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  2. Interesting that it’s so prevalent among doctoral students as well as authors and indie researchers. I agree with you, people should get paid for the work they do, particularly when they’re highly qualified. I can see the point of exchanging work for, say, the opportunity to learn a new skill, rather than for money, but working for nothing at all – for rich institutions – is just not acceptable.

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    • We don’t get plumbing or electrical expertise for free. Plumbers don’t get offered “experience or exposure” instead of a fee. Also, quite apart from travel expenses, people should be paid for the hours they use travelling and the fact that they cannot do other paid work during this time.

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  3. This is a topic that makes me so angry.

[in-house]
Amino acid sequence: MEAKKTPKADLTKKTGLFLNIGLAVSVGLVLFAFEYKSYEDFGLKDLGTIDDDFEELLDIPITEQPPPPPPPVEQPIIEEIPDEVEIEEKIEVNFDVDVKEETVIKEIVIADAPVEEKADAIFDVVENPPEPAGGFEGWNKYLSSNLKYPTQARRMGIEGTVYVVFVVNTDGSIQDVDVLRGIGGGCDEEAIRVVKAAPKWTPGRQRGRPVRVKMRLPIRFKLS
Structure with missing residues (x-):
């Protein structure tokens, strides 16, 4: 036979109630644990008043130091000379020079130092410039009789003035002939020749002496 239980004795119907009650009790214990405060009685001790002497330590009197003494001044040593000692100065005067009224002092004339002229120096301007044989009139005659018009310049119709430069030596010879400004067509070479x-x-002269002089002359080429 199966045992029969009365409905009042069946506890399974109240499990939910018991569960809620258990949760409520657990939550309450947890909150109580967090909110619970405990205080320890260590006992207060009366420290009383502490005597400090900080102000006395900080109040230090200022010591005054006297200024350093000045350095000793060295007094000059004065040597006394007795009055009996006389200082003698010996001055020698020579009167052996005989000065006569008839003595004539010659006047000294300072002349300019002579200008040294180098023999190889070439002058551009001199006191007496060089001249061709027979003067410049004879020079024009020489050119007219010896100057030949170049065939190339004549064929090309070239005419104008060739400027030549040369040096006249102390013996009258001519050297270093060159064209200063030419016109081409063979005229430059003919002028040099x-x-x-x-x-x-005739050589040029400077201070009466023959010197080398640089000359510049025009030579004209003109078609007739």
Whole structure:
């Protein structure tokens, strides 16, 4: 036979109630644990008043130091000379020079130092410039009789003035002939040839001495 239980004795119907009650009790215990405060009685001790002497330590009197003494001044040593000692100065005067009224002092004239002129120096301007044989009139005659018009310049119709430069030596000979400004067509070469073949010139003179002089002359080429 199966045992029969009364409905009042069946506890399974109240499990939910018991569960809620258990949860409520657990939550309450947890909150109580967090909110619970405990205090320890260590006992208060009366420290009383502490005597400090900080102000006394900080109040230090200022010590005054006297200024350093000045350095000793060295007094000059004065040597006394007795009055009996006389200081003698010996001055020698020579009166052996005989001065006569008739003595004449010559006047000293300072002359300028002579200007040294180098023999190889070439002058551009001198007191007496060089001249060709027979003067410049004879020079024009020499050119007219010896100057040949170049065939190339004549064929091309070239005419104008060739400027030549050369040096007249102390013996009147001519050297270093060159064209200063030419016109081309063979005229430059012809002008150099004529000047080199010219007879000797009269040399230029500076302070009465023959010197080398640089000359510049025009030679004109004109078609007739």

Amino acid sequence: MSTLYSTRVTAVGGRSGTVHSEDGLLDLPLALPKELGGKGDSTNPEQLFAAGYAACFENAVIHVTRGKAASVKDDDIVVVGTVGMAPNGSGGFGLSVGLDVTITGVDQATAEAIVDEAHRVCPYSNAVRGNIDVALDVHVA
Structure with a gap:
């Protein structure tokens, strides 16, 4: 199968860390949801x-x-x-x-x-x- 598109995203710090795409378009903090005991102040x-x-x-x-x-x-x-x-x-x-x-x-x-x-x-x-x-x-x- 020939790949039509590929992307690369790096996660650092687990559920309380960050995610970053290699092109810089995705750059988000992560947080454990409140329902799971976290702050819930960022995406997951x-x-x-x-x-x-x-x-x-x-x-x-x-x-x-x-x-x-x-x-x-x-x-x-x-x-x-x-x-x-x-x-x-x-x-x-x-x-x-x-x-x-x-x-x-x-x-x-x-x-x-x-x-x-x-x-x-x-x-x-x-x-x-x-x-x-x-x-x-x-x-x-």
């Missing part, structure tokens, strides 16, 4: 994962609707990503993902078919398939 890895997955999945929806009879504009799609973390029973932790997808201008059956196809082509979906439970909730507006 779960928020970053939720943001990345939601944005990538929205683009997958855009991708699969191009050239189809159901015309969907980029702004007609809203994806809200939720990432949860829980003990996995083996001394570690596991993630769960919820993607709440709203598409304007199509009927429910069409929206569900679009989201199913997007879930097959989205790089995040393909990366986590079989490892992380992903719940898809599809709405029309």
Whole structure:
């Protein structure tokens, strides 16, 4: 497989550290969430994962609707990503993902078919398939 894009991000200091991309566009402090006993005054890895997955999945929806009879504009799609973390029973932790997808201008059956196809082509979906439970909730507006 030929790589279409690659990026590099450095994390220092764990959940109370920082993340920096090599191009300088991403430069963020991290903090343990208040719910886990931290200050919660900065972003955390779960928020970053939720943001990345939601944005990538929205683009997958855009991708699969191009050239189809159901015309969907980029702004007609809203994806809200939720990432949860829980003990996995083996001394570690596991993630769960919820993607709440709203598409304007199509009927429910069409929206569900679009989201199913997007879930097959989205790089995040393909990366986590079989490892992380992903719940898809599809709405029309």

Let me provide a little context, I grew up on a council estate with a father who was a lorry driver (later sales rep) and a mother who was a care assistant. I left school and worked in a local slaughterhouse and then did various other things before ending up in the academy. My earlier experience taught me that work involves payment – it *always* involves payment or it is something else – maybe charity.

    When I entered the academy, I got a lot of advice that you had to do stuff for free for “exposure” or to build networks. I decided early on that this didn’t sound right and would stick to what I know and I wouldn’t do a lick without being paid *and I never have*. People tell you that wanting to paid for your efforts will somehow damage your career, I’ve never come across it. All that has happened is that a lot of parasites and moochers leave me along.